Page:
Monday, August 6, 2018

Multifamily Sales On Pace of Reaching Record High for the Year

Annual U.S. multifamily property sales are approaching a record in the face of a flood of new apartment construction and increasing home ownership.

Market doomsayers may be confounded by how the new units are being quickly absorbed by renter,s but demand remains unabated across the sector.

"The multifamily market continues to surprise market watcher. Expectations that supply would overwhelm demand, expectations that price growth would trail off, both appear to be contrary to what we’re seeing today."

While data from the second quarter confirms that rent growth has slowed in many markets and vacancy has inched up in places, apartment vacancy for the U.S. market as a whole actually declined 50 basis points in the second quarter, to just under 6 percent.

In addition, average apartment rents rose 3 percent compared to the second quarter of 2017, an increase in the year-over-year rate compared with the first quarter.

And the average apartment in the U.S. now rents for $1,298 per month. That's another increase from the first quarter, but still well below this cycle’s peak of late 2015, when the average U.S. rent edged toward $1,400 per month.

Taking stock of the second-quarter performance, analysts tied the apartment sector’s success to a favorable overall economic picture nationally: job growth is high and new households are forming quickly, both of which are driving demand for apartments.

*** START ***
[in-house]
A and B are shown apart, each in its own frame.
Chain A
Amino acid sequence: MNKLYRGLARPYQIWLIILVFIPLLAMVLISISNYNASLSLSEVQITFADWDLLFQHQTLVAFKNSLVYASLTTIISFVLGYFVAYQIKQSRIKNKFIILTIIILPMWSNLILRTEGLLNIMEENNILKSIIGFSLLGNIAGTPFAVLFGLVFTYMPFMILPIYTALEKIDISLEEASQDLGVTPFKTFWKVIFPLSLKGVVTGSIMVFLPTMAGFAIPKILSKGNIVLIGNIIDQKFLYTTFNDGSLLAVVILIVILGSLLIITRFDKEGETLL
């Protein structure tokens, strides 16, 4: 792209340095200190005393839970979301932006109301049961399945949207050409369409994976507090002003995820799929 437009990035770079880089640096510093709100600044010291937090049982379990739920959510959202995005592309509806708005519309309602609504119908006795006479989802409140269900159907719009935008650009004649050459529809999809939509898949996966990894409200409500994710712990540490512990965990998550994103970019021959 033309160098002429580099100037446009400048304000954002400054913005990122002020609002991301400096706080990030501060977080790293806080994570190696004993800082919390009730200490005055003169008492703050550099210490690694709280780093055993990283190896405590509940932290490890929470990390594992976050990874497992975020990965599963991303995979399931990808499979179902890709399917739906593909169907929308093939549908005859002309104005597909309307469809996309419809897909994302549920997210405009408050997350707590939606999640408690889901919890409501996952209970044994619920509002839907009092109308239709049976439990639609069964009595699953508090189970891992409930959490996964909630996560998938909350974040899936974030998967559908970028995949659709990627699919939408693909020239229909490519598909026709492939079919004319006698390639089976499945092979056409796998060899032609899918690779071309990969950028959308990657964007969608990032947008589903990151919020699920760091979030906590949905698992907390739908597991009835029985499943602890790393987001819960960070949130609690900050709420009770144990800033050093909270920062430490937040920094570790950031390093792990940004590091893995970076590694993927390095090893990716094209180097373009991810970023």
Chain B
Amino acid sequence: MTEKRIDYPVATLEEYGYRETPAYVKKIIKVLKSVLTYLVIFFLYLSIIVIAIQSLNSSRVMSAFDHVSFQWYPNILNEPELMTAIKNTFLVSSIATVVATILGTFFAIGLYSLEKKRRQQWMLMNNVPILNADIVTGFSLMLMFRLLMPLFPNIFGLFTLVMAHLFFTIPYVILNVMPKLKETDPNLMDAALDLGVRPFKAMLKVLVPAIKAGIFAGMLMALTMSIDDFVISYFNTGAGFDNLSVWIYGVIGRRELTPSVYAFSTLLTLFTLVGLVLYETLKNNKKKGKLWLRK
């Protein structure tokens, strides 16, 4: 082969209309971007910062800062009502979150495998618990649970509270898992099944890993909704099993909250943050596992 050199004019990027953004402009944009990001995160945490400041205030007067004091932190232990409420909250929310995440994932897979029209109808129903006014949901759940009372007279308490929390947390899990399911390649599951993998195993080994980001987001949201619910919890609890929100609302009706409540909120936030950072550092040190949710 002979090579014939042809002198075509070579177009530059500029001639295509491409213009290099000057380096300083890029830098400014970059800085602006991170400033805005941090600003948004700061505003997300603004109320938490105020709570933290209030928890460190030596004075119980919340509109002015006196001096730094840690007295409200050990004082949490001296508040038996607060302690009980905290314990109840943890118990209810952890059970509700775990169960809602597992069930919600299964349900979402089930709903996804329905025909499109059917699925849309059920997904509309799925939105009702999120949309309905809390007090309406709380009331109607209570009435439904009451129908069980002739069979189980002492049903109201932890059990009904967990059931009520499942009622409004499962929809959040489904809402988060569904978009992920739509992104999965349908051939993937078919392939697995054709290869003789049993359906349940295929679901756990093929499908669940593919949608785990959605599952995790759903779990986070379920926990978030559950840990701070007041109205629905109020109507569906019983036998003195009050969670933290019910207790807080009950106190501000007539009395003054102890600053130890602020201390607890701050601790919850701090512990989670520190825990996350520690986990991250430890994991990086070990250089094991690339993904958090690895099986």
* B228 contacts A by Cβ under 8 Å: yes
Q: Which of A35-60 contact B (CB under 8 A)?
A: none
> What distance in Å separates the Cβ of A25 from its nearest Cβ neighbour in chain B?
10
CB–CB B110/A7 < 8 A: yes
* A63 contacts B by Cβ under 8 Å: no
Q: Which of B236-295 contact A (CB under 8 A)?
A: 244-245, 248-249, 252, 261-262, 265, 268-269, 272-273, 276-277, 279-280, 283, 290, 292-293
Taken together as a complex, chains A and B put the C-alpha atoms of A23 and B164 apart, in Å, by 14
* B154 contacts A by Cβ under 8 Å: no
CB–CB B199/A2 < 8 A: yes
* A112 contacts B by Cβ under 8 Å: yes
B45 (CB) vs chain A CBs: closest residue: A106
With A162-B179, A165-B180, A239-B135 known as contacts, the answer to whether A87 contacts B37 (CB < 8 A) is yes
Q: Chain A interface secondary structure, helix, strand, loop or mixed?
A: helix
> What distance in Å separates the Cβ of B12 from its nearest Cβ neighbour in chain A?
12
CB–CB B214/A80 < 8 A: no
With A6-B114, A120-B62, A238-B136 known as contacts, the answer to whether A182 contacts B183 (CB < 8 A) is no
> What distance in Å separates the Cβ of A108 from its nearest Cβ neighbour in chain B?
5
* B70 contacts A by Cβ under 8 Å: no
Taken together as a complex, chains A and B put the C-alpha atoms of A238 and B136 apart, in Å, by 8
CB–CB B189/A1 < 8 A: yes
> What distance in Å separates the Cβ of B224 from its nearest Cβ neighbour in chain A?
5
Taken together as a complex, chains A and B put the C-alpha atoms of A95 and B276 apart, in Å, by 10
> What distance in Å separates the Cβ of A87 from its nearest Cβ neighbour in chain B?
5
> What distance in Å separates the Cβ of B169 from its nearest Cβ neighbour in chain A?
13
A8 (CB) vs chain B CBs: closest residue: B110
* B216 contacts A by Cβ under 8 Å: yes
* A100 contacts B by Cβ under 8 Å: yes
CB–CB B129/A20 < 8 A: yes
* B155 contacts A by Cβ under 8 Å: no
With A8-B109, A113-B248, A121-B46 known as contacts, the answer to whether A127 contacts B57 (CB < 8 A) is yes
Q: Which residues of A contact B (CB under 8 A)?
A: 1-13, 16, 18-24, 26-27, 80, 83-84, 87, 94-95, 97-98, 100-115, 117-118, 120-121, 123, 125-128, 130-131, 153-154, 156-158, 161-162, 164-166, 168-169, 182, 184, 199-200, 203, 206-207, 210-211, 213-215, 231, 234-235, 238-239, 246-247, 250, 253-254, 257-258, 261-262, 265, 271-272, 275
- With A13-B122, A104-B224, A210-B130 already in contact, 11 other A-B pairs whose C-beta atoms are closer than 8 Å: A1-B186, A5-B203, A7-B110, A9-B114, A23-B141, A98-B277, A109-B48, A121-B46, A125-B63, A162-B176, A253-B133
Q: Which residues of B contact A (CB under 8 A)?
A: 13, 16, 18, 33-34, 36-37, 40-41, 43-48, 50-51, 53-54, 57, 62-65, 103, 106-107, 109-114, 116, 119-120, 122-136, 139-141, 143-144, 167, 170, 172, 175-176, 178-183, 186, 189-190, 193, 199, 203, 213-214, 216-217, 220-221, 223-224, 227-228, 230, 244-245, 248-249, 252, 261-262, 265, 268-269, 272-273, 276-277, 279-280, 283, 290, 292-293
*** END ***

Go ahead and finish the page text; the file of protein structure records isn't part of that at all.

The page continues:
But the multifamily market also benefits from some of the bad news in the economy. Increasing mortgage rates are keeping many renters from making the jump to home ownership, while a slowdown in single-family home construction has made it even more difficult for first-time home buyers, even as homeownership rates edged up slightly.

"This cycle, nearly every marginal household has been a renter household, bringing the home ownership rate down from 69 percent to 63 percent. More recently, however, more and more new households have been buyers, and the home ownership rate has begun to rise, albeit slowly. Over the last two quarters, the home ownership rate has risen by just .1 percent, a slower pace than the last two years, and frankly, more slowly than we expected.

"So why aren’t more people buying homes? Rising interest rates and aggressive pricing certainly matter. But are there actually any homes to buy?" he added.

On the capital markets side, investors have shown strong interest in the apartment sector. Many large institutional investors, including those outside the U.S., consider U.S. apartment markets to be a good, long-term investment, and have amassed billions to invest in properties.

Affleck also predicted the year-end total for apartment sales this year will match or exceed last year’s total of just under $180 billion in trades.
www.omegare.com

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